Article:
In 1987 Cleveland hosted a New Year’s Eve Run. An untimed 3.1-mile fun run (with costumes) that started at midnight on East 12th Street, headed up Euclid toward Public Square, and winded around various streets until everyone finished on East 12th. Back then I was a member of the CSU cross country and track teams, running like 80 miles a week and living off the carbs I consumed every day by eating spaghetti and pizza at Rascal House. I loved running road races and a friend of mine thought this would be a good way to usher in the new year.
And it was. I spiked my hair and dressed up like a punk runner. I wore a green racing singlet and a pair of American flag shorts with red tights underneath. Not being the smartest runner in the bunch, I also sported a pair of punk rock sunglasses that made it very hard to see more than 3” in front of me. Remember the race took place at midnight and it was really, really dark. I guess if it wasn’t for the spiked hair and the impossible-to-see-where-I-was-going sunglasses, I could’ve just participated as a fashionably impaired college student. There were a lot of us walking around in those days. My friend borrowed a million cotton balls from his parents’ medicine cabinet so he could dress up like a white bunny rabbit. The Plain Dealer took a picture of the runners at the starting line. Once we took off, I made sure to carry my sunglasses so I wouldn’t run into a building.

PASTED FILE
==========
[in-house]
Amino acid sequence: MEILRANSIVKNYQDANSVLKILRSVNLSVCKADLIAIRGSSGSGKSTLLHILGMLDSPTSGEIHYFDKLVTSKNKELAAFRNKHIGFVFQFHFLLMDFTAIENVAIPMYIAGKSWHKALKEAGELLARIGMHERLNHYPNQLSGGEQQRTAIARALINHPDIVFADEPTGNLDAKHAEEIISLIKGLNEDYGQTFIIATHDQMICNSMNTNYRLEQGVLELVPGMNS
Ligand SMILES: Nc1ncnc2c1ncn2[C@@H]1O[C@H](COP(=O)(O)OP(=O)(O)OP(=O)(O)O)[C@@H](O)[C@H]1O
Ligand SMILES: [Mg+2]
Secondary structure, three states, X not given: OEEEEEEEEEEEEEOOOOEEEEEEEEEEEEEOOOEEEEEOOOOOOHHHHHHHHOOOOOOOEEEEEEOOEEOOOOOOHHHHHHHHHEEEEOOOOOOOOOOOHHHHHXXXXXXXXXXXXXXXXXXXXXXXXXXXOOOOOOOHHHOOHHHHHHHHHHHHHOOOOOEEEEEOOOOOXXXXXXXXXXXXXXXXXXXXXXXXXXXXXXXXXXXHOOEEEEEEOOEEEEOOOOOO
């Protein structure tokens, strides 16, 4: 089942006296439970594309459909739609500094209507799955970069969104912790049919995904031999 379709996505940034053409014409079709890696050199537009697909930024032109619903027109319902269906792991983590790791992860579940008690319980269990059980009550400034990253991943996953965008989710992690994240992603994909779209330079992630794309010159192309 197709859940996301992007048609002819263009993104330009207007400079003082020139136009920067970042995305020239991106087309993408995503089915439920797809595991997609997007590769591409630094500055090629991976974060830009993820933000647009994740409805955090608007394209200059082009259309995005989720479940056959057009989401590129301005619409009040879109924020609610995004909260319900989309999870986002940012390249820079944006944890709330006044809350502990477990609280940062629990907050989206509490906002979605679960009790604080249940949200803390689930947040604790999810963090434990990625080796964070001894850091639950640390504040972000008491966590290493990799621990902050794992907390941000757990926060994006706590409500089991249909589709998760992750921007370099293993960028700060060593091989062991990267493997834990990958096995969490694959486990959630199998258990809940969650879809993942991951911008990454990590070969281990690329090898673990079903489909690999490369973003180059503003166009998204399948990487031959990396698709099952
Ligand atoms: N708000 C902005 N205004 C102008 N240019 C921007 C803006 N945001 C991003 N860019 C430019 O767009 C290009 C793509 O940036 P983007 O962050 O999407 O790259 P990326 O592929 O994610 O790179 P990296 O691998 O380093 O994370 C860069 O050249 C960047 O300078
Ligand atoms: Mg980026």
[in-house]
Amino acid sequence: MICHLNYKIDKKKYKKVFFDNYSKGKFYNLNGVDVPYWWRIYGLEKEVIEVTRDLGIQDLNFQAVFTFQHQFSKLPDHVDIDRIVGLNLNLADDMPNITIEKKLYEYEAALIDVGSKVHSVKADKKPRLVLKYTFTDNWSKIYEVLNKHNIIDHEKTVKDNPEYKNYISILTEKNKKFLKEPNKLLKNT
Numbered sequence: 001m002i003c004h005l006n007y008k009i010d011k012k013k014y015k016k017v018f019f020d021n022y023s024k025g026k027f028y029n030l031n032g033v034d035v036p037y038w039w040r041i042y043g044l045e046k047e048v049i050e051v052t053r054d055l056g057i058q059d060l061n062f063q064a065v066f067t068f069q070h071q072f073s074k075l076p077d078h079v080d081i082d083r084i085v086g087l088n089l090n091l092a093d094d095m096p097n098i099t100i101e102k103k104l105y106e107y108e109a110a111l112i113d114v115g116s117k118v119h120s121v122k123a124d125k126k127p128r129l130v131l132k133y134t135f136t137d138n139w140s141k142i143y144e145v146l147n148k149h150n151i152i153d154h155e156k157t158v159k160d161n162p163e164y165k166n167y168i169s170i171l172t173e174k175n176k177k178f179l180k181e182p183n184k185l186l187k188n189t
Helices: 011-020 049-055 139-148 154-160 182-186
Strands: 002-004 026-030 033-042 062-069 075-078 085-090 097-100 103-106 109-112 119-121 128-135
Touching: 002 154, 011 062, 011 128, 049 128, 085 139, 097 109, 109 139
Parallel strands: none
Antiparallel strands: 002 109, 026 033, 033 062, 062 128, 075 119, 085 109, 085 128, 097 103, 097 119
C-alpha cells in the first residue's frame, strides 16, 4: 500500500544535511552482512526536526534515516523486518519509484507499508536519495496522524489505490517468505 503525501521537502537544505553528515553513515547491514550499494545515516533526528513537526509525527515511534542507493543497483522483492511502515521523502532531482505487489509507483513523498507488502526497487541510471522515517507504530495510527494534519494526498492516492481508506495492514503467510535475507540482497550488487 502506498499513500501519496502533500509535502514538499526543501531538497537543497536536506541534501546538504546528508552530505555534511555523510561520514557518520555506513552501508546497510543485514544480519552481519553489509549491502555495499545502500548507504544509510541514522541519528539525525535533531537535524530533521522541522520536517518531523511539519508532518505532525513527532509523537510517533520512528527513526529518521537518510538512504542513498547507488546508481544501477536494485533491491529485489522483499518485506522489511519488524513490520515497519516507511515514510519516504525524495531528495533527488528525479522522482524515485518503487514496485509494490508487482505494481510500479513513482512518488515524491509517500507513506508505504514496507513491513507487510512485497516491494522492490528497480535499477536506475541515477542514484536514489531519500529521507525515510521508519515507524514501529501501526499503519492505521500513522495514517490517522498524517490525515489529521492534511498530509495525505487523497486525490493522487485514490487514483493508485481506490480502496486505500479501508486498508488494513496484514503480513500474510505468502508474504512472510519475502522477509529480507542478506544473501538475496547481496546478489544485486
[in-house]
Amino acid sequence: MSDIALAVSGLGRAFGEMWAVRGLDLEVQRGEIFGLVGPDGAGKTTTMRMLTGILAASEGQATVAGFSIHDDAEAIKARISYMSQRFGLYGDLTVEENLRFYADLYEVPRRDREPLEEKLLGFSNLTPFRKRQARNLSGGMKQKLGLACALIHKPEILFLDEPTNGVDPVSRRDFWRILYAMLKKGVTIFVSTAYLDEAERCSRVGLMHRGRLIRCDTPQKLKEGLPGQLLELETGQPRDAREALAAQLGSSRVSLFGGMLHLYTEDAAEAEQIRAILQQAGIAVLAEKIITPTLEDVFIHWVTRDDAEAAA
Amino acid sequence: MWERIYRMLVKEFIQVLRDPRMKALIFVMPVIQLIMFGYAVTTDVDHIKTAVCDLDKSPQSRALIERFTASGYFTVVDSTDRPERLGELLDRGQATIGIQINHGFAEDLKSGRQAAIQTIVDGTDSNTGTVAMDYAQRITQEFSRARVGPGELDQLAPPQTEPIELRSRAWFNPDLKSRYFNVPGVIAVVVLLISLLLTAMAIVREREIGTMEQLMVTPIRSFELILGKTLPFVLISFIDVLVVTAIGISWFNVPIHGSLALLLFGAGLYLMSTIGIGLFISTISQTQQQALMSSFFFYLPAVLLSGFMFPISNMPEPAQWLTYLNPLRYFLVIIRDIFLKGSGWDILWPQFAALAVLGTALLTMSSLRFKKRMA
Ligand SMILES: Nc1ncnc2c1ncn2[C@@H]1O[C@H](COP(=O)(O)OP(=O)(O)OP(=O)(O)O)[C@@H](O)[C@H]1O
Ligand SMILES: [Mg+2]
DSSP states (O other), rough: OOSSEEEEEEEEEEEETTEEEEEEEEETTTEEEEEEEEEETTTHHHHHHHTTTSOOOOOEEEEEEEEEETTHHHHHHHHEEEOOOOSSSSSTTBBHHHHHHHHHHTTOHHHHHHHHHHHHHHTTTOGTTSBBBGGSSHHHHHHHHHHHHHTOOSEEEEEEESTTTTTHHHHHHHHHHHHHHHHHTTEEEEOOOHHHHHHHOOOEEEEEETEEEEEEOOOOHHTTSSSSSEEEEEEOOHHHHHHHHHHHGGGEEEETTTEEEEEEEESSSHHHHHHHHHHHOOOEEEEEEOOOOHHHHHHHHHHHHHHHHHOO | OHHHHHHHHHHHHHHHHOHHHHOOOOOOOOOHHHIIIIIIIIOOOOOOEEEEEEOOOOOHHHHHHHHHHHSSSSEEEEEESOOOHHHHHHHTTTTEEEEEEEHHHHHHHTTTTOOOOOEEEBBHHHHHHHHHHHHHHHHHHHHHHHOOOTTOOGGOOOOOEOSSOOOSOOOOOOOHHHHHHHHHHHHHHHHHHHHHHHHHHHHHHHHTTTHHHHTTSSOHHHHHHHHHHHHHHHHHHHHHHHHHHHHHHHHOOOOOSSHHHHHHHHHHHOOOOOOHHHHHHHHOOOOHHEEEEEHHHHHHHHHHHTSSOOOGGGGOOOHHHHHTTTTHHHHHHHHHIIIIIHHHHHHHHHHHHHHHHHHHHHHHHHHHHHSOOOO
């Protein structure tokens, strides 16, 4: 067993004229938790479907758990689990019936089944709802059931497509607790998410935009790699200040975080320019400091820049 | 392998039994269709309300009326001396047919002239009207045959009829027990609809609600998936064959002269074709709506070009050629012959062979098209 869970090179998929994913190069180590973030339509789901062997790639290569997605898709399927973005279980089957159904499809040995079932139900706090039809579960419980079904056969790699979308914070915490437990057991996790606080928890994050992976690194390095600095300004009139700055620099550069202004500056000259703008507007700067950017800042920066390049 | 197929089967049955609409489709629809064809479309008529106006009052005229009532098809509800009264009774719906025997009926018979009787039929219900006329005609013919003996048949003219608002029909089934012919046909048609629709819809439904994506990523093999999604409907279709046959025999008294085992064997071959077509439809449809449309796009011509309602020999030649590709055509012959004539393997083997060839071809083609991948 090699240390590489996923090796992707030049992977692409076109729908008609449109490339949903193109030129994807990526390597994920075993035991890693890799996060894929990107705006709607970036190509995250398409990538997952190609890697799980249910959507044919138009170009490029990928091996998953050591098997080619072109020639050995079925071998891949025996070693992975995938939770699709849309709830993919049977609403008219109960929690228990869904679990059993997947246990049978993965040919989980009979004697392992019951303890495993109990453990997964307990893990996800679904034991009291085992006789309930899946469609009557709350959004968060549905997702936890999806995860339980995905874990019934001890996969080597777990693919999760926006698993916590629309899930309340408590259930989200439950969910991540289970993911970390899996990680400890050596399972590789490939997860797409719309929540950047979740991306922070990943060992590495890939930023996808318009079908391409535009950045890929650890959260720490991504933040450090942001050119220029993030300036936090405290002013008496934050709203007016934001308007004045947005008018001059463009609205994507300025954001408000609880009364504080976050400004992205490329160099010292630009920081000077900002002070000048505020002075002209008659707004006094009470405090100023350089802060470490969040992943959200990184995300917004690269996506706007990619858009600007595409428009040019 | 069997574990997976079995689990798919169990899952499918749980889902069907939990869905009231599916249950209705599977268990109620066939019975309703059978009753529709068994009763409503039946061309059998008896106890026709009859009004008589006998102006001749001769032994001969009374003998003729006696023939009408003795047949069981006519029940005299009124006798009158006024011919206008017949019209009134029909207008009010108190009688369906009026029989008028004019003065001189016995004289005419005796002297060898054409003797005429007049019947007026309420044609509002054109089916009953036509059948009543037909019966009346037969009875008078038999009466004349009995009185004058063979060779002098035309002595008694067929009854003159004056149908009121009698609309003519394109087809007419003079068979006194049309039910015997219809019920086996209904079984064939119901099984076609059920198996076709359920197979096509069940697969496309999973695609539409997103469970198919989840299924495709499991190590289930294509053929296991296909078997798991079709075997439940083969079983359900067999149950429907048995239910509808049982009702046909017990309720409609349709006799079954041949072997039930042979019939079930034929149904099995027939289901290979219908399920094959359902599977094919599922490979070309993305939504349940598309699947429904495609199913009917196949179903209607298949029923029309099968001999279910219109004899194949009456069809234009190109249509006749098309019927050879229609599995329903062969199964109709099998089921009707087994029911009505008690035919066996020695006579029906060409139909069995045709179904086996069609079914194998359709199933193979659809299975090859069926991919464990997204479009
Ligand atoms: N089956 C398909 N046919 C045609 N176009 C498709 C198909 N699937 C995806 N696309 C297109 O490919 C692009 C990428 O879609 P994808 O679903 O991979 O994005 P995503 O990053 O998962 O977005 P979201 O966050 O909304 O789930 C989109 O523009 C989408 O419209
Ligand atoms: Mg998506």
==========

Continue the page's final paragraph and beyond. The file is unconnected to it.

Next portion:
But while the race was going on some of our other friends were ringing in 1987 at Rascal House. If you read my posts, you’re probably aware that I’m gaga for Rascal House. In college I spent 99.9% of my time studying history, running long distance races and hanging out at Rascal House. And not always in that order. Rascal House in the 1980s was not only the best place to grab a bite on campus, it also had a bar in back with a huge dance floor. I liked the way they used to call your name on the PA system when your food was ready, loud enough so you could hear it in the bar. And it had at least one popcorn machine you could help yourself to while you waited. I persevered and finished the fun run those first few minutes of 1987, but my heart also pined for Rascal House that morning. Just like today, it was a special place to hang out.
Rascal House turns 40 in 2020. That’s middle age in people years. With middle age there is also the wisdom it acquired from so many years of doing things right. The menu. The people. The city. That’s what makes Rascal House a Cleveland icon. It was, and will always be, great food best when shared with friends.